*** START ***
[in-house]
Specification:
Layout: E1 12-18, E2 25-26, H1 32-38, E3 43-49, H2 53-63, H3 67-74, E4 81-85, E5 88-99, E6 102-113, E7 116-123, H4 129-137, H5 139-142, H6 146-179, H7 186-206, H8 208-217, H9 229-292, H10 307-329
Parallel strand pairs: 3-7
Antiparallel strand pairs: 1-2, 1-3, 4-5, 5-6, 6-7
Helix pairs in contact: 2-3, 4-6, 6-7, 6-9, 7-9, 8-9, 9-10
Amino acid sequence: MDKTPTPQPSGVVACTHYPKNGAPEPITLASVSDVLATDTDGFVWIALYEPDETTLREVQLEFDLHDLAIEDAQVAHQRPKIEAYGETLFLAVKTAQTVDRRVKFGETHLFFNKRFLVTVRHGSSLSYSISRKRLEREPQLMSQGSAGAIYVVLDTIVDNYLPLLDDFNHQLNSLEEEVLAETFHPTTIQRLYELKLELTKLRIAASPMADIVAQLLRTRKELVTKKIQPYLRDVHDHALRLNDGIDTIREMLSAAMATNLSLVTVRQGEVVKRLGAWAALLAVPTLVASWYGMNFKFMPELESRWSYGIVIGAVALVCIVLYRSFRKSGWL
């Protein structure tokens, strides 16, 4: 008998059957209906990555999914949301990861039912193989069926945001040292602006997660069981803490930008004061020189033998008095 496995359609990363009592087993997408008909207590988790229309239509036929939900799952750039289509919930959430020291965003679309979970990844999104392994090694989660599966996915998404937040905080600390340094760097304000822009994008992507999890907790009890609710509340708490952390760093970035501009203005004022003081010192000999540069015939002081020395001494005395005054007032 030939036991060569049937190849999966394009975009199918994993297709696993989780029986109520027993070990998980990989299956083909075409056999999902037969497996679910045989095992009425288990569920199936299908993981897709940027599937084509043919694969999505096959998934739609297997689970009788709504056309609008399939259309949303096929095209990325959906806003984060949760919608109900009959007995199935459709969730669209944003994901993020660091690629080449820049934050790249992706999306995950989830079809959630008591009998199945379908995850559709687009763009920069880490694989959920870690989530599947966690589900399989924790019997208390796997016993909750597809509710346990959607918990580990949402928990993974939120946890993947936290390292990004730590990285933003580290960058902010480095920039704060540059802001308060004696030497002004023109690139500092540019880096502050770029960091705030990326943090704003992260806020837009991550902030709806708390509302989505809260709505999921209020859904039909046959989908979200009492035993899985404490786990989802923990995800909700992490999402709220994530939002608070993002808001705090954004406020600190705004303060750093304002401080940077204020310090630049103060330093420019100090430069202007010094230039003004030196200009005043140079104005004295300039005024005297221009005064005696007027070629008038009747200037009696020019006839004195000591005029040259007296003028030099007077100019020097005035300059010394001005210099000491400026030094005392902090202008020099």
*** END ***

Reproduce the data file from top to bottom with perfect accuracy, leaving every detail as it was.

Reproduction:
[in-house]
Specification:
Layout: E1 12-18, E2 25-26, H1 32-38, E3 43-49, H2 53-63, H3 67-74, E4 81-85, E5 88-99, E6 102-113, E7 116-123, H4 129-137, H5 139-142, H6 146-179, H7 186-206, H8 208-217, H9 229-292, H10 307-329
Parallel strand pairs: 3-7
Antiparallel strand pairs: 1-2, 1-3, 4-5, 5-6, 6-7
Helix pairs in contact: 2-3, 4-6, 6-7, 6-9, 7-9, 8-9, 9-10
Amino acid sequence: MDKTPTPQPSGVVACTHYPKNGAPEPITLASVSDVLATDTDGFVWIALYEPDETTLREVQLEFDLHDLAIEDAQVAHQRPKIEAYGETLFLAVKTAQTVDRRVKFGETHLFFNKRFLVTVRHGSSLSYSISRKRLEREPQLMSQGSAGAIYVVLDTIVDNYLPLLDDFNHQLNSLEEEVLAETFHPTTIQRLYELKLELTKLRIAASPMADIVAQLLRTRKELVTKKIQPYLRDVHDHALRLNDGIDTIREMLSAAMATNLSLVTVRQGEVVKRLGAWAALLAVPTLVASWYGMNFKFMPELESRWSYGIVIGAVALVCIVLYRSFRKSGWL
């Protein structure tokens, strides 16, 4: 008998059957209906990555999914949301990861039912193989069926945001040292602006997660069981803490930008004061020189033998008095 496995359609990363009592087993997408008909207590988790229309239509036929939900799952750039289509919930959430020291965003679309979970990844999104392994090694989660599966996915998404937040905080600390340094760097304000822009994008992507999890907790009890609710509340708490952390760093970035501009203005004022003081010192000999540069015939002081020395001494005395005054007032 030939036991060569049937190849999966394009975009199918994993297709696993989780029986109520027993070990998980990989299956083909075409056999999902037969497996679910045989095992009425288990569920199936299908993981897709940027599937084509043919694969999505096959998934739609297997689970009788709504056309609008399939259309949303096929095209990325959906806003984060949760919608109900009959007995199935459709969730669209944003994901993020660091690629080449820049934050790249992706999306995950989830079809959630008591009998199945379908995850559709687009763009920069880490694989959920870690989530599947966690589900399989924790019997208390796997016993909750597809509710346990959607918990580990949402928990993974939120946890993947936290390292990004730590990285933003580290960058902010480095920039704060540059802001308060004696030497002004023109690139500092540019880096502050770029960091705030990326943090704003992260806020837009991550902030709806708390509302989505809260709505999921209020859904039909046959989908979200009492035993899985404490786990989802923990995800909700992490999402709220994530939002608070993002808001705090954004406020600190705004303060750093304002401080940077204020310090630049103060330093420019100090430069202007010094230039003004030196200009005043140079104005004295300039005024005297221009005064005696007027070629008038009747200037009696020019006839004195000591005029040259007296003028030099007077100019020097005035300059010394001005210099000491400026030094005392902090202008020099």